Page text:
Feed on
Posts
Comments

Mourning Milestones

serenity_forest“Each of us has his own rhythm of suffering.” – Roland Barthes

We have lost many this year to MM and other cancers or health issues. Having conversations with my many friends, both personally and via the net, one thing comes through loud and clear, getting through milestones and anniversaries is very hard. With the holidays being a particularly difficult time, I thought perhaps we could express it out loud in the hopes that others will find some solace in the camaraderie.

“When someone you love becomes a memory, the memory becomes a treasure.” – Author Unknown

I have always felt that the biggest reason for a “year of mourning” was largely due to the arduous struggle of getting through each birthday, holiday, anniversary, tradition. I guess this would also be one of the reasons I struggle with the rampant and unfettered use of drugs during an appropriate grieving process. I remember recently a news article raging around the internet stating that two weeks was enough time for grieving and anything beyond that needed intervention. Really? Are you kidding me? I can’t recall all the details, but I think it was getting into the DSM, the bible of psychiatric disorders. If it’s not in there it’s not covered by insurances and so forth. I don’t know if it made it in, but I still get riled up just thinking about it.

“Death leaves a heartache no one can heal, love leaves a memory no one can steal. “~From a headstone in Ireland

I remember even as a budding teenager after my father died, thinking to myself, I just have to get through everything this year. My 13th birthday 6 weeks after he died was the first biggy. It just didn’t feel right to me to laugh or have joy of any kind after my father died. That somehow it dishonored how important he was in my life. It took me a long time to shake that datum, but the first year, I allowed myself the full right to be miserable. I remember clearly feeling a sense of relief as the first year anniversary of his accident arrived. I didn’t feel great mind you, but I felt relief. Relief that I had indeed survived it. Barely. The years that followed were less miserable and a chipping away at the just plain old missing him. I began to relish and enjoy the stories of his life that his friends and relatives were so lovingly and willing to share with me. How much they loved him and admired him. That he taught them to swim, or always included them in his activities even though they were so much younger tagging along. His colleagues who respected him. Even some old girlfriends who still had a special spark in their eyes when they thought of him. It gave me solace.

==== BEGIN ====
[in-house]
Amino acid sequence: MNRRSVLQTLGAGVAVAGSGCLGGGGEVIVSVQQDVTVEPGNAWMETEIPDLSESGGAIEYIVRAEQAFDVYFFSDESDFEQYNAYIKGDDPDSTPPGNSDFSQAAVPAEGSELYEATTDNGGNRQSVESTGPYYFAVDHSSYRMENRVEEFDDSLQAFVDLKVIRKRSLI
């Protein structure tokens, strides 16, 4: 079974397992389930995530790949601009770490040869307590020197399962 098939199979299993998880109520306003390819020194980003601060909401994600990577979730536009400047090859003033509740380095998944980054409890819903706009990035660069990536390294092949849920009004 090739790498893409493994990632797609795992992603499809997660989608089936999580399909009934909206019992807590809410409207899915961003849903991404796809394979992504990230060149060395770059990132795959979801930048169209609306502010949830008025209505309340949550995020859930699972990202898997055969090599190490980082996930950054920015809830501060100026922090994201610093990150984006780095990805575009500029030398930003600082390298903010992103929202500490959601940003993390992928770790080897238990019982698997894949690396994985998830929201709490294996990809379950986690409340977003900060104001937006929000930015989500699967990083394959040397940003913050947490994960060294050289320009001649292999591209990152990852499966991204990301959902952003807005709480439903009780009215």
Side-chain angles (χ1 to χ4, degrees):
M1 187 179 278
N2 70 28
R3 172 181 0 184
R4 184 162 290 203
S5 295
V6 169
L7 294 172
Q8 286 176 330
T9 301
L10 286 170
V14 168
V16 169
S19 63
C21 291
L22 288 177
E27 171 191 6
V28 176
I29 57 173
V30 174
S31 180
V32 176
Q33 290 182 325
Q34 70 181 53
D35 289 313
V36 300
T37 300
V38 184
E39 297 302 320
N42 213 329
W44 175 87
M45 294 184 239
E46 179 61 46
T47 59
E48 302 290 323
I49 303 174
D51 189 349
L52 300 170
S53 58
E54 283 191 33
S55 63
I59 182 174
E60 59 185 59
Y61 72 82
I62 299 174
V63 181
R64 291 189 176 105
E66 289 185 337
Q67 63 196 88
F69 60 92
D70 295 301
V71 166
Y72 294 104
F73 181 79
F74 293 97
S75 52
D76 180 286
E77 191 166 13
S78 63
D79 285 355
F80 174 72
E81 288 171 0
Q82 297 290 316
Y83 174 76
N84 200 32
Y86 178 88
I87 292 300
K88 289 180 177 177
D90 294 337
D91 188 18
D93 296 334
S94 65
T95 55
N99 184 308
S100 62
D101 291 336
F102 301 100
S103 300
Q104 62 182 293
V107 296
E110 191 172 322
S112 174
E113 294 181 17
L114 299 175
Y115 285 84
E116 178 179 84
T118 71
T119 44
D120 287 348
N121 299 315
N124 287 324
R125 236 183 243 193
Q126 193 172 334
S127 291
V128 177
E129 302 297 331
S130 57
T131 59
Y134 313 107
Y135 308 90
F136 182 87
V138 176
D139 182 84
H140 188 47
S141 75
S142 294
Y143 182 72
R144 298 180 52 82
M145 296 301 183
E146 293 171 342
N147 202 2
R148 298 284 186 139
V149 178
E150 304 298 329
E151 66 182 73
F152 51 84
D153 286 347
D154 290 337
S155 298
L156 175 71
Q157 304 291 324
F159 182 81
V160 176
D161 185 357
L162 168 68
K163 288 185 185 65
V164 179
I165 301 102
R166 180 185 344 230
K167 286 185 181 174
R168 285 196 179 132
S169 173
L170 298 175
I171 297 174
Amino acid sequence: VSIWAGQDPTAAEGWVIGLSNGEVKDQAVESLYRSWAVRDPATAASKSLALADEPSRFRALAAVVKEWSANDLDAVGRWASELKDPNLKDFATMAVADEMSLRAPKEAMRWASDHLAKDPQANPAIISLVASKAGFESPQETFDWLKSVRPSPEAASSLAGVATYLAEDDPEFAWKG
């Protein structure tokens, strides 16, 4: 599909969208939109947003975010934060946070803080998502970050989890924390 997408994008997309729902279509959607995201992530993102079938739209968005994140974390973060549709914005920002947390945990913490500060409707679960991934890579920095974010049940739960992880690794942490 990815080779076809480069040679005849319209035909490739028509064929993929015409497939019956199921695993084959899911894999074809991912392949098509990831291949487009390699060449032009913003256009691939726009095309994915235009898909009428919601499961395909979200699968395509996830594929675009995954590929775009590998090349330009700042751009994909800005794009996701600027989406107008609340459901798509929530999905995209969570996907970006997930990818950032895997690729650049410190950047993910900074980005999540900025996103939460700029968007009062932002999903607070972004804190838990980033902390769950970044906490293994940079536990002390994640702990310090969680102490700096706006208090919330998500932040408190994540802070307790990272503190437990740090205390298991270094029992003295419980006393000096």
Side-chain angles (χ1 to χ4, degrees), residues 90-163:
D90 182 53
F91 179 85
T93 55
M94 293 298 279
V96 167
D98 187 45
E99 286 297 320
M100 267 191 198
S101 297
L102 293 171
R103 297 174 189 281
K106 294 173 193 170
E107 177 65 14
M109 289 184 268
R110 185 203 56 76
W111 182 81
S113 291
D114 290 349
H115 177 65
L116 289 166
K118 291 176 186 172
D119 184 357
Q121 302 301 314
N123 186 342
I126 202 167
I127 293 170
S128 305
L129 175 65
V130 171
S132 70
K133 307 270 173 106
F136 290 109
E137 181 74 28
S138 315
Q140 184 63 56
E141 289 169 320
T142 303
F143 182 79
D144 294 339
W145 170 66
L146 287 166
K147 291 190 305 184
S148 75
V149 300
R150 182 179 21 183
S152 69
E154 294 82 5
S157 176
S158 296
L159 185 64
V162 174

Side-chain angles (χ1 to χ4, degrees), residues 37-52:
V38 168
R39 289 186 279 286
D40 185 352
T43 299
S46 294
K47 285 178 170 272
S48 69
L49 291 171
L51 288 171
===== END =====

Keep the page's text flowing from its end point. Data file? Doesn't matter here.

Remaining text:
My parents. I found this photo I had never seen after my mother passed away. Probably Tahoe since no coats. mid 60s.

My parents. I found this photo I had never seen after my mother passed away. Probably Tahoe since no coats. mid 60s.

When my mother died in 2011 after her battle with cancer it was right before Thanksgiving. It was hard. I did two things that I wasn’t sure would go over, but happily they did. One was I took a beautiful black and white photograph I had found of my parents on a ski slope in the early 60’s and made it into my Christmas card. I put some lovely saying inside and then on the back I wrote a story of how I found it after she died and had never seen it. That it reminded me of happier times and how handsome they looked standing there looking out over the world. I hoped that their many friends and family would love the photo as much as I did and that it wasn’t morbid. It was well received and I was so heartened by it.

The second thing I did was put new pajamas under the tree for all of us from my mother (“Grandi”) to be opened on Christmas eve. It was her tradition. She did it so we all looked less raggedy for morning photos. My sister and I always hated that tradition not getting to pick the one gift we wanted to open, but as we had our own children, we understood it better and continued to do it. I held my breath as I handed out the gifts to everyone and when they all saw the card saying “Love Grandi!” the children exclaimed, “PAJAMAS!”, and ripped open their presents with giant smiles on their faces. My sister came up to me and whispered, “Lori, thank you for that, it was perfect.”